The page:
Que le soleil vienne réchauffer mes os
Que les oiseaux et les abeilles viennent chatouiller ma peau
Je suis sauvage maintenant, fait(e) de pluie et de vent
Je suis sauvage maintenant, pis j’veux pas redevenir comme avant

Puppet show! For 4 – 6 year olds. A bilingual show for youngsters looking to be inspired around fun nature connection practices. Produced by our very own Jesse Grindler and Cleo. It’s 3 minutes long. In this episode, Cleo learns to do a sit spot. You can try it with your child. Find a nice place to sit outside and try to be silent for 5-10 minutes. Maybe even sit apart from them if they are ready for that. Give a coyote howl when you are ready to come back together. What did you see? feel? smell? Did you hear what the birds did? Is there a nature mystery to follow up on now?

– Building a rocket stove:
Rocket stoves are simple, DIY stoves that make burning wood safe and efficient. It can be used to boil water if the power goes out or for a fun fire experience. When working with tin cans and metal cutters / snips, make sure to wear safety gloves because the edges can be sharp!
Basically its an insulated metal bucket (insulated with wood ash, rocks or sand), with two cans connected together to make an L. That’s the entrance and the chimney of your stove. The entrance can (the one that’s horizontal) may have a piece of metal with holes in it in one end, that sits in the middle, dividing the can into two, to let air come in from underneath, while you feed wood to burn up top. Screws to attach the cans are optional as there are designs where they simply sit on each other and are supported by the insulative material around them.

A video tutorial for one design:

A collection of variations and other designs:

Learn the basic principles then get creative with it and have fun! Send us a picture of your rocket stove if you make one!



– How to safely buy groceries in a pandemic?

– This is an amazing collection of short, simple activities to do with kids, it’s called Exploration of the Day. There’s translations in english, french, german, and spanish


A few reflections from activist, mythologist Michael Meade

The wisdom gained from suffering our isolation together, must be used to make the next world.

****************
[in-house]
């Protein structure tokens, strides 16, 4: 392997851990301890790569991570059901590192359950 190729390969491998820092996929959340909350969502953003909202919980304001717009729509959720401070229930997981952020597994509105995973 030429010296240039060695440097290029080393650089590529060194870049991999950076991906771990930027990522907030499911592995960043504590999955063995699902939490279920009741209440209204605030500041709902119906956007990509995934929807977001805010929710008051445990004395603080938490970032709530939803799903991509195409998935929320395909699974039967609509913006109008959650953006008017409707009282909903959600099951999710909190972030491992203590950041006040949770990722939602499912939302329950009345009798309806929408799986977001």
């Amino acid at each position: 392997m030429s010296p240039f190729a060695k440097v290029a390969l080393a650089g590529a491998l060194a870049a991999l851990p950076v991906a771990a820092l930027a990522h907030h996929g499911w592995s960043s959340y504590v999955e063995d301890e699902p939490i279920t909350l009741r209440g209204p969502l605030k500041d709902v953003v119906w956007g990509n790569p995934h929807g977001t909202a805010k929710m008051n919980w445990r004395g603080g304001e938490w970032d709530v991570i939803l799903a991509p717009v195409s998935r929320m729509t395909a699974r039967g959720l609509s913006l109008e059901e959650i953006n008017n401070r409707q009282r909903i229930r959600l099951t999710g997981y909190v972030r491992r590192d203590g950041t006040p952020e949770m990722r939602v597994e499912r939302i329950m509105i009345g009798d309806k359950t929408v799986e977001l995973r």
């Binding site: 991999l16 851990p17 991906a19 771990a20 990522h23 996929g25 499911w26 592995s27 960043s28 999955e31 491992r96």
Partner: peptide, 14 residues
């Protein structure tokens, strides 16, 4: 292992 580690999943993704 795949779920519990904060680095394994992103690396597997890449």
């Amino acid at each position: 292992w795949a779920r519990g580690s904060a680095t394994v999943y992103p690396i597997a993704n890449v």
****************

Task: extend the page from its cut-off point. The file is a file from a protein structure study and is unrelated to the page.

We live in times of widespread trouble and sweeping change: if we can trust the nature of our souls and throw ourselves wholeheartedly into those things that truly call to us, these could become initiatory times as well.

We are called to become ourselves and since each self is unique, the calling comes uniquely to us. Learning one’s true way of fitting into this world often requires becoming unfit for regular duties and common expectations. What truly calls to us would have us go beyond the usual limits. In responding to the call we join the lineage of those who are burning with an inner fire; not simply fired up with the heat of ambition, but awakened to a dream and flame that flickers in one’s heart of hearts. A genuine calling further ignites the eternal spark originally carried into life by the soul and nothing can sooth that inner flame except that we fully respond and follow it through the world.

Message 5



  • Outside Scavenger Hunt for 7 to 12 years old. Find a park or vast wild area and accompany your child to find these treasures. 🙂 Want to add some magic to it? Print off this sheet, and burn the edges to make it look like a magical lost scroll.


  • Another song to learn to sing!

”Let the sun shine down and warm my bones,
let the birds and the bees come and take me home,
cause I’m a Wild One now made of wind and rain,
I’m wild and I ain’t coming back again.”



  • Here’s a great article on starting seedlings at your home for your garden (in french only).




  • Build and prepare your own Emergency COVID-19 GO-BAG! If you had to leave the house in 30 seconds, having a bag ready with various things you’d need for an extended stay on the road, or at a hospital could be really helpful for you and your family. Check out Arndell’s COVID-19 emergency go-bag.


  • Ran out of toilet paper? Don’t worry! Rags and water are to the rescue ! Check out this video by Woniya Thibeault. Make the rags, prepare the set up, and your toilet paper scarcity fears are resolved! Save trees, use rags.



    One of our staff shared a good reflection the other day with our teen crew, who have taken to gathering once a week online. Something like:


What’s the difference between a schedule and a routine? Do we really need to be adhering to a strict schedule right now, or can we focus on honing good routines? And to do that, let’s look at the principles behind the routines we want. What are the qualities of moments that we would like to have in our day? Around when-ish would like to connect to those qualities? If we can be clear on these things, maybe we’ll have a day that flows like a wild animal does- calm and cool and collected, achieving all that we need to, without the potentially manic stress of a clock and the pressure that it risks weighing us down with. What makes an ideal morning? Maybe: some quiet alone time, some exercise, some helping out with the family. What are the elements of your ideal day? When are we ready to soak in some media/news? When do we need to not have our brains have that info bouncing around?